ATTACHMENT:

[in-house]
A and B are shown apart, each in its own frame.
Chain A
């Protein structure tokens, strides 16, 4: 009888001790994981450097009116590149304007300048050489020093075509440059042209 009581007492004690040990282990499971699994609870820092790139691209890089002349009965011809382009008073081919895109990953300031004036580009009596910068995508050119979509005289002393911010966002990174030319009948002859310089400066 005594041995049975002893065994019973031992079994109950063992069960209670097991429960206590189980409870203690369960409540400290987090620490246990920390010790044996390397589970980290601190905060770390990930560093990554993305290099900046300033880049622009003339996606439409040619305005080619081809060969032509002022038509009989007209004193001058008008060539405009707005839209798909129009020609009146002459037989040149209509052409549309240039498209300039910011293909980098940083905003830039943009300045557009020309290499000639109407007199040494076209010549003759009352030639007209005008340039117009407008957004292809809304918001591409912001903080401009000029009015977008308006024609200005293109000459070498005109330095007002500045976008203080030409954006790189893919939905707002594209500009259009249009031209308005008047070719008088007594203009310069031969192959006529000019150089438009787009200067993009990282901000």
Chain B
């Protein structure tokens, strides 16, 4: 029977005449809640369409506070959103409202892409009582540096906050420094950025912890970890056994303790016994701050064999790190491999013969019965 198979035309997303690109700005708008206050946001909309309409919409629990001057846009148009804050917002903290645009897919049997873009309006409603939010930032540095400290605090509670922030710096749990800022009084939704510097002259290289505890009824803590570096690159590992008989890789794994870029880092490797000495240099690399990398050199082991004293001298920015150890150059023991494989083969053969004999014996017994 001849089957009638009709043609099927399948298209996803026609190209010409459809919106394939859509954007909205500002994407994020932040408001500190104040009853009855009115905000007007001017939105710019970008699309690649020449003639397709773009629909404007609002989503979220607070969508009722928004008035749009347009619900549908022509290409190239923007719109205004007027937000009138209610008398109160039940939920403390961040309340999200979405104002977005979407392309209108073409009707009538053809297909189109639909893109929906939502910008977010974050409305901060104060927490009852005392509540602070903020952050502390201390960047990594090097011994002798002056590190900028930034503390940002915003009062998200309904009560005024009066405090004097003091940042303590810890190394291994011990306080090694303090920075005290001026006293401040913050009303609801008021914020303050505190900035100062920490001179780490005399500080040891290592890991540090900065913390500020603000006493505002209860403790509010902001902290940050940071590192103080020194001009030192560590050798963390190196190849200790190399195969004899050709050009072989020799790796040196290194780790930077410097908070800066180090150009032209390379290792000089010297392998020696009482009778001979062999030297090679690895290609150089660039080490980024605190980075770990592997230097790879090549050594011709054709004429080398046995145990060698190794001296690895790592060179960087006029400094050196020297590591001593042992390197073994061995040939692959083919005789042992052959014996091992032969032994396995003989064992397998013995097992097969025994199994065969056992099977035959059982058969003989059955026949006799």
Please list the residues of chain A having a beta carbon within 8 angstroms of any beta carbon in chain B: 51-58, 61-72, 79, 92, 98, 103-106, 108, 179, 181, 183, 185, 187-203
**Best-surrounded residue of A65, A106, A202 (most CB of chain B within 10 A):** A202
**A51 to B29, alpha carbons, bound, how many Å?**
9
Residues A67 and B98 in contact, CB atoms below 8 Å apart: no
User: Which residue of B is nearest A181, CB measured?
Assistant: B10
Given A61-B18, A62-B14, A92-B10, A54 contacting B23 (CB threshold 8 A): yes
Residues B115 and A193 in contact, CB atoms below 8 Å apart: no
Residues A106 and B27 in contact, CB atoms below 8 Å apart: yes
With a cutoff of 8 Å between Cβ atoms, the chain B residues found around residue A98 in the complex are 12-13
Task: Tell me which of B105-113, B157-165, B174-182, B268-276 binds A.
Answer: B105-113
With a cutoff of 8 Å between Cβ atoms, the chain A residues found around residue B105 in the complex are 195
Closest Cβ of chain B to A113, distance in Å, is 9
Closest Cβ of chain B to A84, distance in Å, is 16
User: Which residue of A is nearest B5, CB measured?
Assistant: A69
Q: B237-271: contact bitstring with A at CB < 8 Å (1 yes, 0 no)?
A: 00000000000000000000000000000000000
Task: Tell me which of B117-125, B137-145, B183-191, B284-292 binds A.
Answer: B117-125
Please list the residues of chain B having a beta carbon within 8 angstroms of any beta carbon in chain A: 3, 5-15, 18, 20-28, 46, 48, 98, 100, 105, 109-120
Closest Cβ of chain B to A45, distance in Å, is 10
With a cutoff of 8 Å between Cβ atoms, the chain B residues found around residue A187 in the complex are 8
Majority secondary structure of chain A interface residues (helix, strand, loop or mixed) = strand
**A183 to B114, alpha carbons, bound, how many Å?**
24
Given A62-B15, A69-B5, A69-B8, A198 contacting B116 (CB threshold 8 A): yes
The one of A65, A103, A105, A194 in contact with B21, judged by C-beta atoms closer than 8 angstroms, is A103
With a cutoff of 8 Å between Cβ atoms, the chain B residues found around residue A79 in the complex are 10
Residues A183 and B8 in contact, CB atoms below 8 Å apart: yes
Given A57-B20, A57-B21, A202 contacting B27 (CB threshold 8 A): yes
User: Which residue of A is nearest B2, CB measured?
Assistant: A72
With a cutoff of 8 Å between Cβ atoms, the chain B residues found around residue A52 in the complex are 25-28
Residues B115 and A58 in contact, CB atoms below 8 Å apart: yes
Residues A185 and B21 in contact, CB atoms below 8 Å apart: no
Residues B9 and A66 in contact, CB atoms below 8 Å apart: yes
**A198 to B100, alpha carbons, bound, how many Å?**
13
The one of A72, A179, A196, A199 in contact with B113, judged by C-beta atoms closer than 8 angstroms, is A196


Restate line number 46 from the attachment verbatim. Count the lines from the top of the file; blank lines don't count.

**A198 to B100, alpha carbons, bound, how many Å?**